PENDLETON, Ore. — It takes a fair amount of machismo to wear pink almost every day.
Tie-down roper Tyson Durfey didn’t wait until Tough Enough to Wear Pink Day at the Pendleton Round-Up to don the tender shade — he wears pink every time he competes. He added the color to his wardrobe in 2007 in honor of his stepmother’s cancer struggle and never looked back.
Life seems especially rosy for Durfey these days. The roper from Colbert, northeast of Spokane, sits second in the world standings and will marry Australian country singer Shea Fisher in October.
The cowboy, sporting a hot pink shirt, lounged in the west grandstands during the rodeo that runs through Saturday watching steer wrestlers perform on the arena grass. Durfey had roped a calf earlier that morning in 12 seconds flat. Combined with his 14.4-second run of the previous day, he was squarely on the bubble to reach Saturday’s final round.
Durfey didn’t seem anxious about his fate as he cheerfully answered questions about his pink wardrobe, his glorious year and his fiancée.
The cowboy owns about 10 pink shirts at any given moment. When one loses its cowboy crispness, he gives it to a cancer survivor or a wide-eyed kid and gets another from his sponsor, Cinch.
He said his stepmother’s 2007 cancer scare affected him, though her tumors ended up benign. He remembers calling her and vowing to wear pink in her honor at the Canadian finals and the National Finals Rodeo in Las Vegas.
‘Easy to spot’
He followed through on his promise, but reverted to non-pink attire at his next rodeo. When cancer survivors stopped the roper to tell him how much his support meant and to talk about their own personal battles, he decided to wear pink on a regular basis.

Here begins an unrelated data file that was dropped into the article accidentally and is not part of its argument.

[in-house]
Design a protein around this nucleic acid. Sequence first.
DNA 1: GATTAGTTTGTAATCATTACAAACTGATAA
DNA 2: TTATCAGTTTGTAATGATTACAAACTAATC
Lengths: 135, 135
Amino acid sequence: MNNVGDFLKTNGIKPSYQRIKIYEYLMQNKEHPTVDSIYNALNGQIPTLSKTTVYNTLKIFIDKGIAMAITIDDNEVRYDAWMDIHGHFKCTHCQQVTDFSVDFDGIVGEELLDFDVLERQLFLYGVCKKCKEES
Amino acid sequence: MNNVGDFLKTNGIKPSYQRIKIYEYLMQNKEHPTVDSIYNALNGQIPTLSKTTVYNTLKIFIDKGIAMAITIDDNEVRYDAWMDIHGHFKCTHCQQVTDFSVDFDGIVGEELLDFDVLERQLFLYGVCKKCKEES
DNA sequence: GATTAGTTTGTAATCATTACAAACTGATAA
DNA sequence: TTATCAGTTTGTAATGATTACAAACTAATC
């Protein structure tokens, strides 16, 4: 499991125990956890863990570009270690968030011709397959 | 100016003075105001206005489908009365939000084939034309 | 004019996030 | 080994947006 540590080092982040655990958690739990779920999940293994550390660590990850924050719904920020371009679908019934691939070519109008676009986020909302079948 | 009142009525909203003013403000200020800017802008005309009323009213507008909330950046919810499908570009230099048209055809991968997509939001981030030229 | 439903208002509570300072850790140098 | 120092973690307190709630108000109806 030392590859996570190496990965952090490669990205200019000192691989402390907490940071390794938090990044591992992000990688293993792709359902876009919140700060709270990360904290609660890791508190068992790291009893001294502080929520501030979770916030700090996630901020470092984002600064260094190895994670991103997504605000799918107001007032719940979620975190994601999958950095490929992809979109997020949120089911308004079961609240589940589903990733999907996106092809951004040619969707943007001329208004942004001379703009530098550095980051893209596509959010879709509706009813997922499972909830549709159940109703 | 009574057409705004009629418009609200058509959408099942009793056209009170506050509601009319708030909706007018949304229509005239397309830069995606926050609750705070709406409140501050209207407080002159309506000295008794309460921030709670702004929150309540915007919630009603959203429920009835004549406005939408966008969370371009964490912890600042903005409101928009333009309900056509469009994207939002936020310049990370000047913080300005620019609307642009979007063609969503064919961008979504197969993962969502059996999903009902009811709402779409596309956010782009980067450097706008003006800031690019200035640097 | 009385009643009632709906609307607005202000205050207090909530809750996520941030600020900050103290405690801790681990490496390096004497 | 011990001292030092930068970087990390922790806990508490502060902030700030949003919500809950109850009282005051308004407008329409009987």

Durfey’s fiancée supports his wardrobe choice.
“It makes him very easy to spot,” Fisher quipped, but then turned serious. “I’m a big believer in what he does — it’s really his brand now. He has such a big heart.”
Fisher, who has two platinum albums and four No. 1 singles in Australia, traveled to Pendleton to watch Durfey compete. She is no stranger to rodeo. Her father was a championship bull rider in Australia until about eight years ago, and her mother is a champion barrel racer.
Talk of the couple’s upcoming nuptials brings a wide grin to Durfey’s face. He proposed to Fisher in New York City’s Central Park on New Year’s Eve. Durfey said he originally planned to pop the question in Times Square, but soon realized he would be shoulder-to-shoulder with thousands of others.
“If I would have kneeled down, I would have gotten trampled,” he said.
Instead, the cowboy found a spot near the Bethesda Fountain in Central Park. A few minutes before midnight, he knelt down and launched into a heartfelt proposal. His timing, as it often is with calf roping, was perfect. Just as she said yes, fireworks exploded in the sky. He slipped the ring, which had been in his pocket for a month and a half, onto her finger.
In the months since the engagement, Durfey has been finding plenty of luck in the arena. After failing to reach the National Finals Rodeo last season, he doubled his efforts.
“I rededicated myself and bought myself some new horsepower,” Durfey said, noting his new focus and his faster four-legged transportation.
The refocusing paid off. Durfey placed in most major rodeos this season. According to the Professional Rodeo Cowboys Association website, he has racked up more than $95,000 in earnings. All in all, life is good.
“I’m a blessed individual,” he said. “I’m happy to be doing what I’m doing.”